Menno Vogels Passed Passed Passed Passed Failed Failed Passed Passed No No
 
Author
(click for source code)
Test 1:
does it work at all?
Test 2:
multiple console windows
Test 3:
multiple simultaneous instances
Test 4:
strip prefix only in Win7
Test 5:
strip appended command line
XP Win7 XP Win7 XP Win7 XP (1) Win7 XP Win7
Executables
Carlos M. Passed Passed Passed Passed Passed Passed Passed Passed Yes Yes
Rob van der Woude Passed Passed Passed Passed Passed Passed Passed Passed Yes Yes

 

Notes: 1 In XP, nothing should be stripped from the title.
Tested with the command START "Administrator: test" CMD /K GetTitle.bat
By the way: in Windows 7 this command does not result in a double Administrator: prefix, TITLE Administrator: test does.
  2 The failures of the batch files by Jean François Larvoire and Justin Goldspring in Windows 7 are caused by the Administrator: prefix.
We're still working on it.
  3 Jiri Hofreiter's GetTitle.bat without WMIC more or less did pass most tests, but in case the batch file is called by its name only (no path, nor extension) it may append the batch file's extension when restoring the title.
We're still working on it.

   Download all contestants' sources.

 

Conclusions

All "contestants" seem to agree on the use of TASKLIST to retrieve the window title.

Correctly running multiple instances of the batch files was the hardest requirement to meet.
The %Random% variable starts with the same value in every newly opened console window. This makes it almost impossible to create truly random temporary file names or temporary titles.
For that very reason I wrote GetTitle.exe in C# when I needed to reliably read the title.
However, Brian Williams' latest version proves that it is possible in batch.

A way to make random numbers more random is by using the fraction of seconds of the current time.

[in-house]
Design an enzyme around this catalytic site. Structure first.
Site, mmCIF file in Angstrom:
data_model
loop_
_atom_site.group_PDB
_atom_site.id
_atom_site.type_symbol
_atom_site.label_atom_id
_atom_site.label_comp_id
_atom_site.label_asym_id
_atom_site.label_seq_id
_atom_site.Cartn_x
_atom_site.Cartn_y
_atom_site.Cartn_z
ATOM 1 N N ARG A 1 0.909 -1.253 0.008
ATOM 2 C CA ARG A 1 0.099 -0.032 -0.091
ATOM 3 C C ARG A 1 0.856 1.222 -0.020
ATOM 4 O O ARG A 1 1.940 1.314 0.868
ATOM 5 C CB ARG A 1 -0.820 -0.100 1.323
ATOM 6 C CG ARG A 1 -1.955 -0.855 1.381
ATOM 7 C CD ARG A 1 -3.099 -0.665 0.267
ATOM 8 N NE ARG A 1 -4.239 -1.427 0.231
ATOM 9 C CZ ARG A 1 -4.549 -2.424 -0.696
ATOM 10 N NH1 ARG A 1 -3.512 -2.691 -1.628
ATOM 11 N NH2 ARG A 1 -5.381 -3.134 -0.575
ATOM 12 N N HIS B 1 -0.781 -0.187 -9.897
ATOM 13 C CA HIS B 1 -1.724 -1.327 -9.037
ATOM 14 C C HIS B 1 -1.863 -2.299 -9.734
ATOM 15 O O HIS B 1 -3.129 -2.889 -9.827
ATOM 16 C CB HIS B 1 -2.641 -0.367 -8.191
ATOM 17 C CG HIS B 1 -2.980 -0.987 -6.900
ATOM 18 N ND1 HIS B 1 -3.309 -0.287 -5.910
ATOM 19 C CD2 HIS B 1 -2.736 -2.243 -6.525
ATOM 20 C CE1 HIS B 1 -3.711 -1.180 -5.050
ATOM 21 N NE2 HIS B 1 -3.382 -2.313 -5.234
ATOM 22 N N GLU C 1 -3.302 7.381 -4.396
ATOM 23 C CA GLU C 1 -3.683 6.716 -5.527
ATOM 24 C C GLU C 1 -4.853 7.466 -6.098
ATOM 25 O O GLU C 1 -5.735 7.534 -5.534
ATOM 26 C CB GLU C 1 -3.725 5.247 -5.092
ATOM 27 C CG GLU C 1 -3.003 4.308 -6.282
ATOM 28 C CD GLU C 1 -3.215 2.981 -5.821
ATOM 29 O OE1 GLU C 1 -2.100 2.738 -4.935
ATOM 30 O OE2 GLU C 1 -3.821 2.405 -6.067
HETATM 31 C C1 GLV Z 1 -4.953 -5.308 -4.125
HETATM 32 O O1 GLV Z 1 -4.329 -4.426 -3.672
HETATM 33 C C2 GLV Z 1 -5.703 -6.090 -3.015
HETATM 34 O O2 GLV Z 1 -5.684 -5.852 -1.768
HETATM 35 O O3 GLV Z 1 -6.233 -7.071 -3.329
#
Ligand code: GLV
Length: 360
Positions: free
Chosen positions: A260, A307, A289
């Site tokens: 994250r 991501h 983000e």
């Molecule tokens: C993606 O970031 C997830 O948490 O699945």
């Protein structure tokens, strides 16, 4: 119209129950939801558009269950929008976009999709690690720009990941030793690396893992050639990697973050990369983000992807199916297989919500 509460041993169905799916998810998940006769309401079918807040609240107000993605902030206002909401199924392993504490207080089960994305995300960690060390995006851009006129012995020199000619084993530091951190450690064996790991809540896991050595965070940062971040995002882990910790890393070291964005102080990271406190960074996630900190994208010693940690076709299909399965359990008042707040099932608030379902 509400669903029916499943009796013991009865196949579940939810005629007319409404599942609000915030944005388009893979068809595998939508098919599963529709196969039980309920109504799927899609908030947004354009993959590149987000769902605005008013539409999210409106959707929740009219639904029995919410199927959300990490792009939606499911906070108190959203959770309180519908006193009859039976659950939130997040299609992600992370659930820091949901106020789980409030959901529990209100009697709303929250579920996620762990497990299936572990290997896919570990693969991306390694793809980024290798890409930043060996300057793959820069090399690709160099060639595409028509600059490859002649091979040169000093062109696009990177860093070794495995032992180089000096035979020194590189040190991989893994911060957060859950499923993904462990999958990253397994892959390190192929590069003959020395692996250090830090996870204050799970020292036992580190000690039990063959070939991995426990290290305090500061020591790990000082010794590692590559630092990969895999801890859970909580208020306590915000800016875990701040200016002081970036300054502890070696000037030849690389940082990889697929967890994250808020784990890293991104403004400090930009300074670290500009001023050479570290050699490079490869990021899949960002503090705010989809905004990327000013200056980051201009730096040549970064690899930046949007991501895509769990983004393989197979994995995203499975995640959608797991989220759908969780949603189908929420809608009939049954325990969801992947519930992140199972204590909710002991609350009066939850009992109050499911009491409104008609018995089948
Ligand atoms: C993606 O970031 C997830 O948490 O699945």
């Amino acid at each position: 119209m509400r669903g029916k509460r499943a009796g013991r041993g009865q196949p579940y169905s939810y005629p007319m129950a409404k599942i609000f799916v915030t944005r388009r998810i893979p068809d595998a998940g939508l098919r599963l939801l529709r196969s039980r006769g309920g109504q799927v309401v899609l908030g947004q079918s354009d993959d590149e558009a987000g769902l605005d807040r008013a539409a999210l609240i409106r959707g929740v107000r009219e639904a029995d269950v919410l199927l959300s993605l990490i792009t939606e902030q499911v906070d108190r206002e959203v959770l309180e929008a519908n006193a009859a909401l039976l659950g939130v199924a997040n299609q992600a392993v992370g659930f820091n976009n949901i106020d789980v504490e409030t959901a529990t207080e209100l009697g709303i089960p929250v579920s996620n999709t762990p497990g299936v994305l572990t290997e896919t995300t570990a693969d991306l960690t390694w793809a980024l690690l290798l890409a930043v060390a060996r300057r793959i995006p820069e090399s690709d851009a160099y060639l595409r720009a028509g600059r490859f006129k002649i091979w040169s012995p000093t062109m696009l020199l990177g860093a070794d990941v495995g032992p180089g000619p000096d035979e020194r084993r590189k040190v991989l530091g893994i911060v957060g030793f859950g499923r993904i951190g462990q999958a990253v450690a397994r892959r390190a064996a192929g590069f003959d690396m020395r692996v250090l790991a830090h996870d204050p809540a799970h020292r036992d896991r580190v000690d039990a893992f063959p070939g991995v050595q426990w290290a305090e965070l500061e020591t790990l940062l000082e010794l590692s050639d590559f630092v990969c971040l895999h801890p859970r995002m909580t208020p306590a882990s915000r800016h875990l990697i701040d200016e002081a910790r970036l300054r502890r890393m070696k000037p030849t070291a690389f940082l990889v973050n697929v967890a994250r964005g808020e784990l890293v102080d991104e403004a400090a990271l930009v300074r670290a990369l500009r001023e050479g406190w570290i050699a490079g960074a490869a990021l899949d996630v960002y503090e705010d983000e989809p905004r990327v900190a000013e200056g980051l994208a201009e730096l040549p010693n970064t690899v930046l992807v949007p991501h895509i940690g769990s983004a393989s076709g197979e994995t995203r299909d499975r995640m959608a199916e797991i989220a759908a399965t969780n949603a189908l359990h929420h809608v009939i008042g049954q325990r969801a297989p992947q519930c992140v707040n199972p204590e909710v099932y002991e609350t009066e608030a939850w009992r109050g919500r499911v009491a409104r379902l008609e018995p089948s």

WMI's Win32_LocalTime class looks promising, but unfortunately the MilliSeconds property is not implemented in Windows.
The closest alternative is the fraction (hundredths) of seconds in the TIME command's output (not TIME /T as it won't even display the seconds):

FOR /F "tokens=1* delims=:" %%A IN ('VER ^| TIME') DO (
	FOR /F "tokens=3,4 delims=:.," %%C IN ("%%~B") DO (
		SET AlmostTrueRandom=%Random%%%C%%D
	)
)

The code above appends the seconds (%%C) and hundredths of seconds (%%D) to a not so random %Random% number.
%Random% can even be left out, as Brian Williams' solution proves.

However, on my fast Windows 7 test system, sometimes 4 console windows were started within a 10 microseconds interval, so the starting time was not a reliable source for a unique number.
Brian solved that problem not by making a better random generator, but by waiting approximately one second (PING), checking for duplicate temporary titles, and changing them to the then current time if a duplicate was found. The process is repeated until there are no more duplicates left.
Brilliant in its simplicity.


I would like to thank all "contestants" for sharing their ideas, research and time.
And whenever we find better solutions, the published source code will be updated.


page last uploaded: 17 November 2011, 11:19